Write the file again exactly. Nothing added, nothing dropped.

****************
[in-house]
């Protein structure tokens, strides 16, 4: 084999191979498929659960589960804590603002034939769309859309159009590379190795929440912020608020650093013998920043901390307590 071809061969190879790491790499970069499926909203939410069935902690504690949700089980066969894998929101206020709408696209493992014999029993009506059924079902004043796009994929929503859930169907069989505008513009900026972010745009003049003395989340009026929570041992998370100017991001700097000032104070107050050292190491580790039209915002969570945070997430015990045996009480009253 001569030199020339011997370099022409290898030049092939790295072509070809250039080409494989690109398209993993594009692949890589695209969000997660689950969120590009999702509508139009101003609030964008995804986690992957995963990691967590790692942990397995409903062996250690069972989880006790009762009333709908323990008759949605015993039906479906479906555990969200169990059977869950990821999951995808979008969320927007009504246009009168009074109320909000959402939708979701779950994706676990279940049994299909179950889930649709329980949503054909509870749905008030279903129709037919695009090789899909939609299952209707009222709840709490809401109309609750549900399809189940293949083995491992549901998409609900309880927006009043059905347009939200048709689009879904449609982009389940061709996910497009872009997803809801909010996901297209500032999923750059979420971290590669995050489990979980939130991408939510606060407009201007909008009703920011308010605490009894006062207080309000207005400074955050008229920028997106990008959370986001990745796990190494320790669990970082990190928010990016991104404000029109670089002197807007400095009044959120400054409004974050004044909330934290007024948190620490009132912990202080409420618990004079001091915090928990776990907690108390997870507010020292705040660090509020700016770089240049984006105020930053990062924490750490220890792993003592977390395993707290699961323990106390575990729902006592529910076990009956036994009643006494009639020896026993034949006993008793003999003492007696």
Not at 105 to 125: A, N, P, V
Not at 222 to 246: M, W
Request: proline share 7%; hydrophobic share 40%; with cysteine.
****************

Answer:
[in-house]
């Protein structure tokens, strides 16, 4: 084999191979498929659960589960804590603002034939769309859309159009590379190795929440912020608020650093013998920043901390307590 071809061969190879790491790499970069499926909203939410069935902690504690949700089980066969894998929101206020709408696209493992014999029993009506059924079902004043796009994929929503859930169907069989505008513009900026972010745009003049003395989340009026929570041992998370100017991001700097000032104070107050050292190491580790039209915002969570945070997430015990045996009480009253 001569030199020339011997370099022409290898030049092939790295072509070809250039080409494989690109398209993993594009692949890589695209969000997660689950969120590009999702509508139009101003609030964008995804986690992957995963990691967590790692942990397995409903062996250690069972989880006790009762009333709908323990008759949605015993039906479906479906555990969200169990059977869950990821999951995808979008969320927007009504246009009168009074109320909000959402939708979701779950994706676990279940049994299909179950889930649709329980949503054909509870749905008030279903129709037919695009090789899909939609299952209707009222709840709490809401109309609750549900399809189940293949083995491992549901998409609900309880927006009043059905347009939200048709689009879904449609982009389940061709996910497009872009997803809801909010996901297209500032999923750059979420971290590669995050489990979980939130991408939510606060407009201007909008009703920011308010605490009894006062207080309000207005400074955050008229920028997106990008959370986001990745796990190494320790669990970082990190928010990016991104404000029109670089002197807007400095009044959120400054409004974050004044909330934290007024948190620490009132912990202080409420618990004079001091915090928990776990907690108390997870507010020292705040660090509020700016770089240049984006105020930053990062924490750490220890792993003592977390395993707290699961323990106390575990729902006592529910076990009956036994009643006494009639020896026993034949006993008793003999003492007696």
Not at 105 to 125: A, N, P, V
Not at 222 to 246: M, W
Request: proline share 7%; hydrophobic share 40%; with cysteine.